John Springer of Court TV reported on the feasibility of Durst's self-defense claim:
"'I could see how they could try a self-defense, particularly if there are no witnesses,' said Ron Gold, a Morristown, N.J., lawyer who has followed the Durst case in the media. 'But when you have a ton of aggravating factors — concealing what happened and throwing the body parts in the bay and things like that — insanity and self-defense are the last resort.' Gold won an acquittal in a self-defense case last year. Convicted murderer Ambrose Harris killed a fellow New Jersey Death Row inmate, during what amounted to a death-cage match as prison guards and inmates looked on. But in the Harris case, Gold said, there were multiple witnesses and Harris did not even have to take the witness stand in his own defense. In Durst's case, there were apparently no witnesses to the killing. Only physical evidence can point to what happened between him and Durst, who moved about the country disguised as a mute woman long before he even got to Galveston."
Also in April, Scott E. Williams of The Daily News reported that Judge Criss expanded her December, 2001, gag order to include private investigator Bobbi Bacha and members of Black's family who have been involved in a civil case against Durst. Williams also reported that one television camera would be allowed during parts of the trial.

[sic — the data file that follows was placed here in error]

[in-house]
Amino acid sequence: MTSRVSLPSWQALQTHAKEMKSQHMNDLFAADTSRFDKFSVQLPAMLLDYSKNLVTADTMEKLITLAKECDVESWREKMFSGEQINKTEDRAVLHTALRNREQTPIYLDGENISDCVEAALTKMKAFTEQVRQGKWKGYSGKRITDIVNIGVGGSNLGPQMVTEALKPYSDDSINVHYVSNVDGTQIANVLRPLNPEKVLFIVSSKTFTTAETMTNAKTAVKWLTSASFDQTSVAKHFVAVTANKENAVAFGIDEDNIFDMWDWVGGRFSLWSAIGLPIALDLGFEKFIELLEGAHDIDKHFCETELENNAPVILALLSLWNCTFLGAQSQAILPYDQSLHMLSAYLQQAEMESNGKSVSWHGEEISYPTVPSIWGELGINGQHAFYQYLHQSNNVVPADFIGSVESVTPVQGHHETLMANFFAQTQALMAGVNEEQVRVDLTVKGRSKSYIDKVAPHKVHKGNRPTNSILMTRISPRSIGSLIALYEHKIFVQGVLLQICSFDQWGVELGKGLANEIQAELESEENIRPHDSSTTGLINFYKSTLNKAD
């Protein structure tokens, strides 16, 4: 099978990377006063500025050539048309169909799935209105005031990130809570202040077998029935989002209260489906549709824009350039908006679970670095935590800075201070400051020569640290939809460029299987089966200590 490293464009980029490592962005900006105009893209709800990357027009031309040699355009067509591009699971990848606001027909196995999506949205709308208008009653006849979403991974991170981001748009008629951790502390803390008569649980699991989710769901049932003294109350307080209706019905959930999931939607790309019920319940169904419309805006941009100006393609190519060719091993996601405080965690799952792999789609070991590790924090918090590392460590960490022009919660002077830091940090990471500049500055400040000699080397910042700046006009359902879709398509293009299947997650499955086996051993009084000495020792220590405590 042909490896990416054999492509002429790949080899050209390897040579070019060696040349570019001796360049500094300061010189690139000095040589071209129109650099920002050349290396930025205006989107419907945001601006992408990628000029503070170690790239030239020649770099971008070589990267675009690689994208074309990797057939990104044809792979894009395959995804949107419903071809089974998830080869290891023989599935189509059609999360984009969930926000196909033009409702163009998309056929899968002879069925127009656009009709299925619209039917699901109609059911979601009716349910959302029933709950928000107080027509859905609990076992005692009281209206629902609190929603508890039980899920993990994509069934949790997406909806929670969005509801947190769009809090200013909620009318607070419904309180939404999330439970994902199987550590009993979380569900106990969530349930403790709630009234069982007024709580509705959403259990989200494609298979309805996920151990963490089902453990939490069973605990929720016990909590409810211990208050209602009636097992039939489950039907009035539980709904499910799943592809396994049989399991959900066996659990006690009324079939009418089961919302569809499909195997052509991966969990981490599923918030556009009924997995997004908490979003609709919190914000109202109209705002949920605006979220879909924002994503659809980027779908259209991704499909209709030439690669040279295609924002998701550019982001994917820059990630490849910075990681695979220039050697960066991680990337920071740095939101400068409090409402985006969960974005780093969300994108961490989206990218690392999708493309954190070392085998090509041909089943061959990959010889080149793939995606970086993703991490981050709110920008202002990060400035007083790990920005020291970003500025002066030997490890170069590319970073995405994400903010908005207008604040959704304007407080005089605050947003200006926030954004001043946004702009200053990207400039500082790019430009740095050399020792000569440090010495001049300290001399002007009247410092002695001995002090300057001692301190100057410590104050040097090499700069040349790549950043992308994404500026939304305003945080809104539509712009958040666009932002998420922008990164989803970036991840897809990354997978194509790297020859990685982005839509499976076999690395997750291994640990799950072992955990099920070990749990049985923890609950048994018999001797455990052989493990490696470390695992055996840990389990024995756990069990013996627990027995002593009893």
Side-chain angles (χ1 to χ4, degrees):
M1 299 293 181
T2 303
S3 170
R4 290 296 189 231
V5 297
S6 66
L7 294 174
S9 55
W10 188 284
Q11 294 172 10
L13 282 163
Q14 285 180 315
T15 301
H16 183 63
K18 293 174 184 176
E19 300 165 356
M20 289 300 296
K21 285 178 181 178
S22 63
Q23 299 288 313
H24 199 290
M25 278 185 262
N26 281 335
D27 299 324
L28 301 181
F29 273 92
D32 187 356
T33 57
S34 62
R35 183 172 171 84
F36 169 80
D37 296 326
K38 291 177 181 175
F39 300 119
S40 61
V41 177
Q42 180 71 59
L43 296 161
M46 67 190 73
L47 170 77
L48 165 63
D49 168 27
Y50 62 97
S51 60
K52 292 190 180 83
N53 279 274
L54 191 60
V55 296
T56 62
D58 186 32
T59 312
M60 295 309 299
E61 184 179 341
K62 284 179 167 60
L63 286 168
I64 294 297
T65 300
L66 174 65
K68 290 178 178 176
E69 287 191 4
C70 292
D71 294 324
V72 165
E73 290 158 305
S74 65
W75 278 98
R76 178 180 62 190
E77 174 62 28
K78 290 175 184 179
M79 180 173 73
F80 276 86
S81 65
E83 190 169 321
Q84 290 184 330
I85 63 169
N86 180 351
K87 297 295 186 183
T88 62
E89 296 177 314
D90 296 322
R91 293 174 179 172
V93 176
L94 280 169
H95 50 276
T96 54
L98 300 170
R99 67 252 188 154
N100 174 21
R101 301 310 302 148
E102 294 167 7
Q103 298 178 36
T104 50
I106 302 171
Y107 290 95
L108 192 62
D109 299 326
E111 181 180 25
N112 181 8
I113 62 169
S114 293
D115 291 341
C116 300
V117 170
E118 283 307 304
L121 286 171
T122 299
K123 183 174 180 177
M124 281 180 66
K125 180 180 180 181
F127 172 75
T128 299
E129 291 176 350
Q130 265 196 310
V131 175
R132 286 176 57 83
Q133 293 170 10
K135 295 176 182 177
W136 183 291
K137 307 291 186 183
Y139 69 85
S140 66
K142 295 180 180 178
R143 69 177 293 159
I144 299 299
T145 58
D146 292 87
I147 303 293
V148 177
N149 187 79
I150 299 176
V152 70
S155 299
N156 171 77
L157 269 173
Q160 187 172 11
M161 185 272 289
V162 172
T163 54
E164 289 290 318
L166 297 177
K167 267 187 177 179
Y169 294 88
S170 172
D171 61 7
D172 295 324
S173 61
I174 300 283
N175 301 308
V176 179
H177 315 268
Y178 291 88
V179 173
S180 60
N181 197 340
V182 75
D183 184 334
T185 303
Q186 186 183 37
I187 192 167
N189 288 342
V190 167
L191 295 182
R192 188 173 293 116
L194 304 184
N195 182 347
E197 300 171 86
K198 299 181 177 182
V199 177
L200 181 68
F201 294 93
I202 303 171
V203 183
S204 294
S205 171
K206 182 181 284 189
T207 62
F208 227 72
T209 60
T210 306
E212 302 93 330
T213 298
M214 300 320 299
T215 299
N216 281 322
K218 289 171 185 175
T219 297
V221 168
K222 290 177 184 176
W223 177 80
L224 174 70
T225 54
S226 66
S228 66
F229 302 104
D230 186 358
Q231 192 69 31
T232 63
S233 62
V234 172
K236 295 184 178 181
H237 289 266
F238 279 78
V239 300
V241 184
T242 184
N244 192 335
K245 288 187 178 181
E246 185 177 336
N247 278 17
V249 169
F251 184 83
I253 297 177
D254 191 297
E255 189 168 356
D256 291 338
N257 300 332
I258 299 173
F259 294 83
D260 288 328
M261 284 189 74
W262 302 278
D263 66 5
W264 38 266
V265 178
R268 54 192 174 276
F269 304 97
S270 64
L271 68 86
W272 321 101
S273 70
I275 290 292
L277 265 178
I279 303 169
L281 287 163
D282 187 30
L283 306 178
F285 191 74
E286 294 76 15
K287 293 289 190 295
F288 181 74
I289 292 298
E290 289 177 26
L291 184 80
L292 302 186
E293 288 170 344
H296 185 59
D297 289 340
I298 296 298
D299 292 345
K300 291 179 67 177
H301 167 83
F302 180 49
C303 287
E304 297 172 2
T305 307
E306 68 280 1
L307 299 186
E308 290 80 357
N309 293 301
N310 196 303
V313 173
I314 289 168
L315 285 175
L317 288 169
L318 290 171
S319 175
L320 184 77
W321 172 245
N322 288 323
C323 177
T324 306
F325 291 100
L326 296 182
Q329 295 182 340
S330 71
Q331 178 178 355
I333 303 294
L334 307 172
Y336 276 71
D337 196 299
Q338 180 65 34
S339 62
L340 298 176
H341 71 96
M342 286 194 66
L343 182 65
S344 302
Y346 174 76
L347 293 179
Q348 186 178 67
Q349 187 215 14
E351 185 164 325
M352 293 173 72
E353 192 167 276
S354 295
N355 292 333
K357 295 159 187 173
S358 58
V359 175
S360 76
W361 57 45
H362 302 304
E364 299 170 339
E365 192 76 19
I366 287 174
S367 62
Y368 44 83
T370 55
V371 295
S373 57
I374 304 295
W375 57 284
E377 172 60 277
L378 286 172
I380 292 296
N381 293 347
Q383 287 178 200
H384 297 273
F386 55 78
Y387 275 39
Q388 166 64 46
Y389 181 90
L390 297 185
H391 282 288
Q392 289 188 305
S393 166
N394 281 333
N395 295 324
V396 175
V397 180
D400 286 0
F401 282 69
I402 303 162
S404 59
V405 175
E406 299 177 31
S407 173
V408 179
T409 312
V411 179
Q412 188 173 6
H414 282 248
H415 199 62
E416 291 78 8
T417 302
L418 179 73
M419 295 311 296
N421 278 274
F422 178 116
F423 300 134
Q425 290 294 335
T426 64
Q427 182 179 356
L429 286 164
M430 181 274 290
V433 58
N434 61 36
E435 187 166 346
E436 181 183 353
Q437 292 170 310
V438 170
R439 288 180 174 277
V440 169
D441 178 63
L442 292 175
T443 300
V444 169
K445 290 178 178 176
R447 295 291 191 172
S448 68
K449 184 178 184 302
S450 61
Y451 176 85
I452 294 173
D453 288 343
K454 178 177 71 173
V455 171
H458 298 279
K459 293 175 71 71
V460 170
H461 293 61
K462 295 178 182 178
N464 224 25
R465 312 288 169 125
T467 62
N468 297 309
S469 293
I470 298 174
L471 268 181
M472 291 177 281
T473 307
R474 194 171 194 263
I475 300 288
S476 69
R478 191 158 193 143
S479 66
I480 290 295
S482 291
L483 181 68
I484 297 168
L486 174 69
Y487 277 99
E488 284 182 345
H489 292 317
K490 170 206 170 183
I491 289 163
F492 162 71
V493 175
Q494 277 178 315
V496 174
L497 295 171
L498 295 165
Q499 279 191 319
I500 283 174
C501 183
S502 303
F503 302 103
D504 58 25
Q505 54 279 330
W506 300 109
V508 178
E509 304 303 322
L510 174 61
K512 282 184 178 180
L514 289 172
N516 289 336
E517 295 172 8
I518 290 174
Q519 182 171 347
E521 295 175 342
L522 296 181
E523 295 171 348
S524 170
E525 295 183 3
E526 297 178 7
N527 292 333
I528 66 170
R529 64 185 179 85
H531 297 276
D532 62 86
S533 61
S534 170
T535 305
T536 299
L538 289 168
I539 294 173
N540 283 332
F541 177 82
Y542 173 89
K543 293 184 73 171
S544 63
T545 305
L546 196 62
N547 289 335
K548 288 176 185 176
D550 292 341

"Judge Susan Criss ruled she would allow one pool television camera during her reading of the charge to the jury, the final arguments and the reading of the verdict in the murder trial of Robert Durst. She also said she would allow one still camera to record most of the trial, which has been scheduled for Aug. 25 in her 212th Judicial District Court."
Another key event is the revival of the investigation into the 1982 disappearance of Kathie Durst, Robert Durst's wife, in Westchester County, N.Y. Westchester D.A. Jeanine Pirro put the case back on the front burner. Kathie Durst's disappearance was very suspicious, and Robert was clearly a suspect, but there was no evidence at the time of her disappearance to charge her husband with a crime. Also, he was the son of a very wealthy real estate magnate and could marshal the best defenses that money could buy.
In 2002, a provocative new book was published: A Deadly Secret by Matt Birkbeck. According to Robert Ingrassia of the New York Daily News, "Birkbeck says a friend urged Kathie Durst to tell her husband that if he didn't give her a fair divorce settlement, she would turn him in for embezzling from his family's company. The book suggests that Kathie Durst, after ingesting two grams of cocaine and two bottles of wine at a party, arrived at their Westchester County home Jan. 31, 1982, to find a violence-prone spouse who was more mentally disturbed than anyone knew." Several days later, Durst reported her missing.